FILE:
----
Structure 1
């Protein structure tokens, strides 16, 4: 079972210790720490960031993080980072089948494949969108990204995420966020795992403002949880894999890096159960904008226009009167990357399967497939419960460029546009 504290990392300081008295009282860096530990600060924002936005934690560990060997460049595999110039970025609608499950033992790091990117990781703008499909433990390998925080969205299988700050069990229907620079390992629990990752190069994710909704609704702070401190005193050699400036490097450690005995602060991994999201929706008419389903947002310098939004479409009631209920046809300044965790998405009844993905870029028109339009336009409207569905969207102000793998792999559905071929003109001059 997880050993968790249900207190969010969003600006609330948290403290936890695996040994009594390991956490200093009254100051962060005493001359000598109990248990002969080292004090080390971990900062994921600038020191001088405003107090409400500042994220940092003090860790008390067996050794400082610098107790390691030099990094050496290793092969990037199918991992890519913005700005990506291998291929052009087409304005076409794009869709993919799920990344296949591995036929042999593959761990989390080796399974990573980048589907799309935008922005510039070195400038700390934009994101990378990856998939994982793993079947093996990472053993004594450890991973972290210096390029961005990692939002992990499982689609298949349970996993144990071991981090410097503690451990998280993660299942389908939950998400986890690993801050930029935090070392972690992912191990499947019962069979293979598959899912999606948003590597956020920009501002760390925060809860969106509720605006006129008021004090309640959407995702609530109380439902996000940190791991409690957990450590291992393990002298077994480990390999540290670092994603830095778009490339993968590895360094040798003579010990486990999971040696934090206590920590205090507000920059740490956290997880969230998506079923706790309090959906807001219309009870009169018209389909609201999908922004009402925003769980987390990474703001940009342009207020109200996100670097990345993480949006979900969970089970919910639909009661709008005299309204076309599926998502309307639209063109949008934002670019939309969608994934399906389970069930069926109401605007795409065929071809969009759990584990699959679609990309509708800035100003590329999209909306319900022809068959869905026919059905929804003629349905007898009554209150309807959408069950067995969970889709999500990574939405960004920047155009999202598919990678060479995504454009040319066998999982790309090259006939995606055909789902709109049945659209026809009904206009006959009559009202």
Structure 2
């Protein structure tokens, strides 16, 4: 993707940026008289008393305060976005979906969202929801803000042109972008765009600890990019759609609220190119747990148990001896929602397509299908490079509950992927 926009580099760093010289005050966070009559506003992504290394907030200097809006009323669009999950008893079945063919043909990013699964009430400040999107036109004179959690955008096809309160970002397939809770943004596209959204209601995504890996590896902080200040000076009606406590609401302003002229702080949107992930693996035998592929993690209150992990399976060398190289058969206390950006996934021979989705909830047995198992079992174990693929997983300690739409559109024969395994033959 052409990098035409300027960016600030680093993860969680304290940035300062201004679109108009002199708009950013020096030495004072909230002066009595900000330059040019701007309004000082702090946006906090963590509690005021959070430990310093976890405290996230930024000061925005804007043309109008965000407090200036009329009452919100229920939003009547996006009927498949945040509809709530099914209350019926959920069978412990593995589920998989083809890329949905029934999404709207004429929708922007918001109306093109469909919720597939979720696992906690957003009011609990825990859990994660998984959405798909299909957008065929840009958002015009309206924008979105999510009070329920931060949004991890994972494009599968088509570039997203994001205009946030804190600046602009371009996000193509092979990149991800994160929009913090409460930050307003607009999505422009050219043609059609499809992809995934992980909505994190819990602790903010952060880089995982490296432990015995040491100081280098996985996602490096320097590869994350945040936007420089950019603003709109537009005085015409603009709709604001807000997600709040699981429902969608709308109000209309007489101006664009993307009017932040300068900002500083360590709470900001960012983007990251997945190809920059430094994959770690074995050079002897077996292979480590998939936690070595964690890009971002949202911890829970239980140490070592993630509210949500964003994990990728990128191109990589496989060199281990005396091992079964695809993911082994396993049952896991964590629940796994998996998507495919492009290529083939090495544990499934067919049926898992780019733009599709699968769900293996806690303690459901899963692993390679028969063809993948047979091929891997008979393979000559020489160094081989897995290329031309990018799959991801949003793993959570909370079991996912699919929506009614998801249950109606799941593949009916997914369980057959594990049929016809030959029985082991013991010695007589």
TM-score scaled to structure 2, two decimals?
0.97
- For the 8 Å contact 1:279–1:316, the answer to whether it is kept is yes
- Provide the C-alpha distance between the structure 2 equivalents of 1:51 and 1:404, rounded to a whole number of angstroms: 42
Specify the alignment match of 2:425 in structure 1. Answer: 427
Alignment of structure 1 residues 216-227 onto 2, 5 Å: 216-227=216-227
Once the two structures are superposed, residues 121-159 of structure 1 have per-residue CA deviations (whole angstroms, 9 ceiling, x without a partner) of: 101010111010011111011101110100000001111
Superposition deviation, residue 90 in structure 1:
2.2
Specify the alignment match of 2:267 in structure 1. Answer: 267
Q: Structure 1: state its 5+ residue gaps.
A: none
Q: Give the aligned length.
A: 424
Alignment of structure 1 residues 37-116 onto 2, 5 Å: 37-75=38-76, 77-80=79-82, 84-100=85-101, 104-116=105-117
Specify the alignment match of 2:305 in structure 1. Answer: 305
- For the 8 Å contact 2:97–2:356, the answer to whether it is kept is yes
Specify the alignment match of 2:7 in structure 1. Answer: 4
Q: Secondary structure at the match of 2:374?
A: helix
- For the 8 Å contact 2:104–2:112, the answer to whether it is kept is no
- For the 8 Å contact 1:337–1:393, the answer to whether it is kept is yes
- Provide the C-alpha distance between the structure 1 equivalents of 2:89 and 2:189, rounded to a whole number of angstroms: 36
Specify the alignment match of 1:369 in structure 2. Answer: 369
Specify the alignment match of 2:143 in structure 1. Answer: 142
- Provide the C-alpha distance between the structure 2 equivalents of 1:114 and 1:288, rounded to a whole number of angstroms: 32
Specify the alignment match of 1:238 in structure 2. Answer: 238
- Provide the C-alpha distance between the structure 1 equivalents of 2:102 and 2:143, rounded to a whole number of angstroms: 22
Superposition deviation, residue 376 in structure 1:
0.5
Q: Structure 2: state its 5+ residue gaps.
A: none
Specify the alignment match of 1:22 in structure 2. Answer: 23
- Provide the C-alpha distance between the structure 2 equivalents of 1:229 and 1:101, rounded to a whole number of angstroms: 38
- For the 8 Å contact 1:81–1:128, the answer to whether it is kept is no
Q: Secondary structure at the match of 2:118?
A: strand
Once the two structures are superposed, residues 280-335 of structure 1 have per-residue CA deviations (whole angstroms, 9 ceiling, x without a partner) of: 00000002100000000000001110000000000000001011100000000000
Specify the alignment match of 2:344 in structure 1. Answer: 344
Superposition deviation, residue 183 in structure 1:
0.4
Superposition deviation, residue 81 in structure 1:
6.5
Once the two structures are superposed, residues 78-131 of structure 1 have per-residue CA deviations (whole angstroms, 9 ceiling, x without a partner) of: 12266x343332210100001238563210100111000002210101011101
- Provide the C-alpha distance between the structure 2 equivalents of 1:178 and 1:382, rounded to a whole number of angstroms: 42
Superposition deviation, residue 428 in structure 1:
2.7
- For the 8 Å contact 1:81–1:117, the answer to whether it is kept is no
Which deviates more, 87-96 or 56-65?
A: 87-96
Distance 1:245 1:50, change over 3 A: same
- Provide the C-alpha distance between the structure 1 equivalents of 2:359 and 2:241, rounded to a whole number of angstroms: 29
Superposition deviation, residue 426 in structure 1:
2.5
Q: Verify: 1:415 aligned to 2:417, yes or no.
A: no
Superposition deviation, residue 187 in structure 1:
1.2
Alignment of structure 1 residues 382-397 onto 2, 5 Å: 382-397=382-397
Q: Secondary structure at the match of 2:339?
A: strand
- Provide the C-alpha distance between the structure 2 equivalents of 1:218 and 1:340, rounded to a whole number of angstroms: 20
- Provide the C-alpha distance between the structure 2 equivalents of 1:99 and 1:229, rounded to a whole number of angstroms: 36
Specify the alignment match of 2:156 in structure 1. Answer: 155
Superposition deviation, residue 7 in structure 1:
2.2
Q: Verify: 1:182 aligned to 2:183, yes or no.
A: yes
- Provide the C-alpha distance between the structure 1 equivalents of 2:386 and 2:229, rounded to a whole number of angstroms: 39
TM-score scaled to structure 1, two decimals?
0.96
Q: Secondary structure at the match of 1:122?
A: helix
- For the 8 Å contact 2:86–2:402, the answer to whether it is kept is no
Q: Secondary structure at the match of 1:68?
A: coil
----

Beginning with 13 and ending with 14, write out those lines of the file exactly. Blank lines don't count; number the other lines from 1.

2.2
Specify the alignment match of 2:267 in structure 1. Answer: 267